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Daniel Flather

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You took photos 1, 4, and 6


*runs*
« Last Edit: March 17, 2012, 12:06:31 AM by Daniel Flather »
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Daniel Flather

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Maybe you took #3 too, but mostly it's the lighting giving it away. 

Good thread.
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V8Beast

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I did recognize the items in 2 and 5 so that made it easier to guess.

How dare you be so well informed  :)

Images 2, 5, and 7 are from the Phase One. They are stunningly good images and beautifully lit, although I still find it odd that GM used such insanely expensive gear. I suppose that's the luxury you have when you're a multi-billion dollar corporation backed by taxpayer dollars :o The largest images like these are ever run in print are 4.5x3, and usually more like 3x2. As such, they are scaled to 10x8 at 300 dpi on GM's media site, so they're essentially throwing all the pixels away.

I think that much of the differences between the G7 and Phase One images are due to superior lighting techniques used in the MF images. I'd venture to say if the corporate hot shot photog shot used my G7 and I used the Phase One, the GM images might still look better. 

V8Beast

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OK, let's step things up a notch. Here are some product images I recently took with a 5DC, 1D2, a couple of small softboxes, and a pair of 550EXs. They're mixed in with some more GM media photos shot in medium format. Interestingly, despite having just 8 megapixels, my 1D2 didn't suddenly self-destruct out of embarrassment in light of the higher resolution bodies on the market ;D It still took exceptional images. 

8


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12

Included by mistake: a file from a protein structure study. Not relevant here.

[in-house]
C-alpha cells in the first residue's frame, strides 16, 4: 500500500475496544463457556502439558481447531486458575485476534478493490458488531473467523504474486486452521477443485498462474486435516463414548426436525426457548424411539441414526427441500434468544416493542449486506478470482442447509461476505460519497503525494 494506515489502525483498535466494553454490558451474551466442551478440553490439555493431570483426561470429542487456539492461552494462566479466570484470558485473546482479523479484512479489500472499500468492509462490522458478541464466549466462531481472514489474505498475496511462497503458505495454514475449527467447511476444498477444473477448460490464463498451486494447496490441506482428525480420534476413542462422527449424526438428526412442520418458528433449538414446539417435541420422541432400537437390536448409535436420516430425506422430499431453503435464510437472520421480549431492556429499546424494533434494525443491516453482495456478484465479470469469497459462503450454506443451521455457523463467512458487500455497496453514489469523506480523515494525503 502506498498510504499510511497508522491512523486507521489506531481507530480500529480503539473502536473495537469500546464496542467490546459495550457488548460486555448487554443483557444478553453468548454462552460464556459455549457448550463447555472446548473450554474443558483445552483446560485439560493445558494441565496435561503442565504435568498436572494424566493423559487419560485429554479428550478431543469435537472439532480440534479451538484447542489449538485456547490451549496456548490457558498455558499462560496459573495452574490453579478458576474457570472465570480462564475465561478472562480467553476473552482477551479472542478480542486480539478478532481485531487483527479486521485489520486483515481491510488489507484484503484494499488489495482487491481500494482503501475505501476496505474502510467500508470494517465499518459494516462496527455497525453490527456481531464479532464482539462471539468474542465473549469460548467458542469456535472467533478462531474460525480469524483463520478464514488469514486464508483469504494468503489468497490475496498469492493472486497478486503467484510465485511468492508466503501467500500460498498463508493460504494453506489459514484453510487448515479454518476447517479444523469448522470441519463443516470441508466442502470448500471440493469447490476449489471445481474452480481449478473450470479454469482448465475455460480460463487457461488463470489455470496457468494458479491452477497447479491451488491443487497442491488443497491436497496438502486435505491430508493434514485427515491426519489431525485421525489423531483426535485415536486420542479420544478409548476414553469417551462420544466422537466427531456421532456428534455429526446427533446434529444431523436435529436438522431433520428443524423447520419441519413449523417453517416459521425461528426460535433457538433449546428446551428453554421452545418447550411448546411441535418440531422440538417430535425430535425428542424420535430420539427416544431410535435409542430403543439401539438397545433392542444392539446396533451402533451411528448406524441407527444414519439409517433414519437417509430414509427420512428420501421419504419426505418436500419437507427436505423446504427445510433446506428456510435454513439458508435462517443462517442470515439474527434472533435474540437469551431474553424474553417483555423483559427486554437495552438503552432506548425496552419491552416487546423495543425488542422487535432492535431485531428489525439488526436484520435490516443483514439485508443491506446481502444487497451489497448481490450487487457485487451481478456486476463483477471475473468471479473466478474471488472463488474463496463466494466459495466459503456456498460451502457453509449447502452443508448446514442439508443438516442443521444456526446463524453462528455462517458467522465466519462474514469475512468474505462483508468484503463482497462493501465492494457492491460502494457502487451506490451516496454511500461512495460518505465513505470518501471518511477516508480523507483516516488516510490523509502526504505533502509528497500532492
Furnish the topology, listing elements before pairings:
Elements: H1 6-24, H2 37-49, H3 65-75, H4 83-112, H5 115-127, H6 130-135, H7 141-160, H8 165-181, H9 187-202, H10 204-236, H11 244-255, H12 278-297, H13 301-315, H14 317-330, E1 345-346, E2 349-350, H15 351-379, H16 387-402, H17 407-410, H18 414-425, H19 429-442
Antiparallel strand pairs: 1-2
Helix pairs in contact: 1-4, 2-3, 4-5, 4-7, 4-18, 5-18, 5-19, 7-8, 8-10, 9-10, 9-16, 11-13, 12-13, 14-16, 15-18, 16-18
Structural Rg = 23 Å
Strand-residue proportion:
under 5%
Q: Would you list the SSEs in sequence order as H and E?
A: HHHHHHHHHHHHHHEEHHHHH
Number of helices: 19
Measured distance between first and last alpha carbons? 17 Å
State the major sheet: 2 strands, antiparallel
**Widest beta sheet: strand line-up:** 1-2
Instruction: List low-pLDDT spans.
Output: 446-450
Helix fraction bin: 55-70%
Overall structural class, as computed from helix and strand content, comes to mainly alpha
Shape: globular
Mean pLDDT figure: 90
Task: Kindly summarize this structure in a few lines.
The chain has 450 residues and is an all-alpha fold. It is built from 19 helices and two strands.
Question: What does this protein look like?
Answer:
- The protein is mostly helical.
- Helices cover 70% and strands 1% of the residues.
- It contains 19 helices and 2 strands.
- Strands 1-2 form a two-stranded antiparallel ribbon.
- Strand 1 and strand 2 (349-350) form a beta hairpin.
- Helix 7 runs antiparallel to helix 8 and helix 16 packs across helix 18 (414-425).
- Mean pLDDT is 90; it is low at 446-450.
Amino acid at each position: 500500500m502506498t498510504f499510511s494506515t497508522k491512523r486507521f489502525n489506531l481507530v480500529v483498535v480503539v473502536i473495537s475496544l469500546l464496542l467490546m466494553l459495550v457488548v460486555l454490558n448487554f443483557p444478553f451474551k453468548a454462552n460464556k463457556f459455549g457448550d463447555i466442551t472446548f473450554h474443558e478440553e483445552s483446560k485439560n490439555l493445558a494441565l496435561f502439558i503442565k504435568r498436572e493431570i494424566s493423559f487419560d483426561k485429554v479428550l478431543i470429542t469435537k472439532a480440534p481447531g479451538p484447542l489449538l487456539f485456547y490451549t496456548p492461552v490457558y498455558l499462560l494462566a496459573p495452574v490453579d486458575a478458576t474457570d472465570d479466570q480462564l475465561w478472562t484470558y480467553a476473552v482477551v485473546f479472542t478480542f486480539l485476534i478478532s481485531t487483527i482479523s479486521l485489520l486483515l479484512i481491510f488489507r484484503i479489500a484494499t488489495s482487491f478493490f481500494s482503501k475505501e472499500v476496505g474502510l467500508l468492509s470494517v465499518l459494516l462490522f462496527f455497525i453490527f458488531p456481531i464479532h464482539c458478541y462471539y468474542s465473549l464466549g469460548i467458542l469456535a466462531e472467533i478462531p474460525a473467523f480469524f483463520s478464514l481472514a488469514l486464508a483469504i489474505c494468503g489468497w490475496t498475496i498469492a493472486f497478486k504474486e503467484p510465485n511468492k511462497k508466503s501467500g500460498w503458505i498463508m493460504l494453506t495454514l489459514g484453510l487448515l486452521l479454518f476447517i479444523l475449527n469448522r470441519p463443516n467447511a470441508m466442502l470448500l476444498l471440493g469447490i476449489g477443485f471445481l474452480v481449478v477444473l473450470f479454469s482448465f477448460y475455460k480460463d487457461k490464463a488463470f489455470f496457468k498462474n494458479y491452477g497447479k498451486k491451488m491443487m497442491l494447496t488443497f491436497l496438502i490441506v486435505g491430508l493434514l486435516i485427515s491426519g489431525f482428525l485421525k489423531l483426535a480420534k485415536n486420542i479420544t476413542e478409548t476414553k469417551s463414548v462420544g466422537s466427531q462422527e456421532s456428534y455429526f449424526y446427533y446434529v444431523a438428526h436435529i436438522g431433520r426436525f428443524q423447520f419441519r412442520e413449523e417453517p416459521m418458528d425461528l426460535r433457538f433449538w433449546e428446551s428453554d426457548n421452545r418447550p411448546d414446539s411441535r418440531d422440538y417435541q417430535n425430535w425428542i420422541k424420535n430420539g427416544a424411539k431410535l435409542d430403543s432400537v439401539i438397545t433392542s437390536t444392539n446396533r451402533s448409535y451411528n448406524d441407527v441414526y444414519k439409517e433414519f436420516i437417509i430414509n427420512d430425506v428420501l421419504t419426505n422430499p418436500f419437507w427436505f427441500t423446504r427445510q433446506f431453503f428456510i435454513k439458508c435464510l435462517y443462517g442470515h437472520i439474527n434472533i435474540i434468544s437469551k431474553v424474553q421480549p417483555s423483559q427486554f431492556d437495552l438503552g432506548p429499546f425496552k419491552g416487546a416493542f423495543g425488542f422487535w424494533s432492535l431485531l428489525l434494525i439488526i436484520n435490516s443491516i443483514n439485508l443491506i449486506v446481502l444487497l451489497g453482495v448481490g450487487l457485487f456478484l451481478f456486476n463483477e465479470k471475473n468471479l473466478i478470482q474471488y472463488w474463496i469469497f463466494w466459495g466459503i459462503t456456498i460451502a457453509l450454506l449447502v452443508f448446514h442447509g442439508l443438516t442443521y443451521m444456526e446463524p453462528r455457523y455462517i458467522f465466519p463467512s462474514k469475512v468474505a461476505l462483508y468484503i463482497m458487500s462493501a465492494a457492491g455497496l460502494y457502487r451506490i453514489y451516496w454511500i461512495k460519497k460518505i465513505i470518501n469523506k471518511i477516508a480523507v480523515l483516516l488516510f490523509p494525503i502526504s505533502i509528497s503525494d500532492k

« Last Edit: March 17, 2012, 04:27:10 AM by V8Beast »

Viggo

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I guess this conclude= Light is everything, if you had your shots in a studio, they would be harder to separate. On the other hand, if you printed them rather large I say the difference will be more apparent. But on the third hand  ::) who prints THAT large, I mean, larger than 100% cut at 22mp. I guess the people using Phase One, so good and clever thinking Canon  :P

If the difference between the 18 mp 1d X and the 5d 3 is nothing, why didn't they keep the 5d3 at 18 also? I'm DEF not a mp-guy, I'm just wondering. Is it to make the noise levels separate of the two?

« Last Edit: March 17, 2012, 04:10:27 AM by Viggo »
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V8Beast

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I guess this conclude= Light is everything, if you had your shots in a studio, they would be harder to separate. On the other hand, if you printed them rather large I say the difference will be more apparent. But on the third hand  ::) who prints THAT large, I mean, larger than 100% cut at 22mp.

I concur. It's all about the lighting. I don't mean to bash megapixels. I'll take as many of them as I can get. If you make HUGE prints or need to crop like a mofo, by all means get a mega resolution camera. It just so happens that if you don't make huge prints, a lower mp body combined with good lighting can go a long way. 

meli

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I did recognize the items in 2 and 5 so that made it easier to guess.

How dare you be so well informed  :)

Images 2, 5, and 7 are from the Phase One. They are stunningly good images and beautifully lit, although I still find it odd that GM used such insanely expensive gear. I suppose that's the luxury you have when you're a multi-billion dollar corporation backed by taxpayer dollars :o The largest images like these are ever run in print are 4.5x3, and usually more like 3x2. As such, they are scaled to 10x8 at 300 dpi on GM's media site, so they're essentially throwing all the pixels away.

I think that much of the differences between the G7 and Phase One images are due to superior lighting techniques used in the MF images. I'd venture to say if the corporate hot shot photog shot used my G7 and I used the Phase One, the GM images might still look better.

If you havent mentioned that they're actual photos, 2 5 & 7 do look like engineering renders, rendered by an intern at that! That superior lightning technique you're referring to, is actually the default look of any GI render engine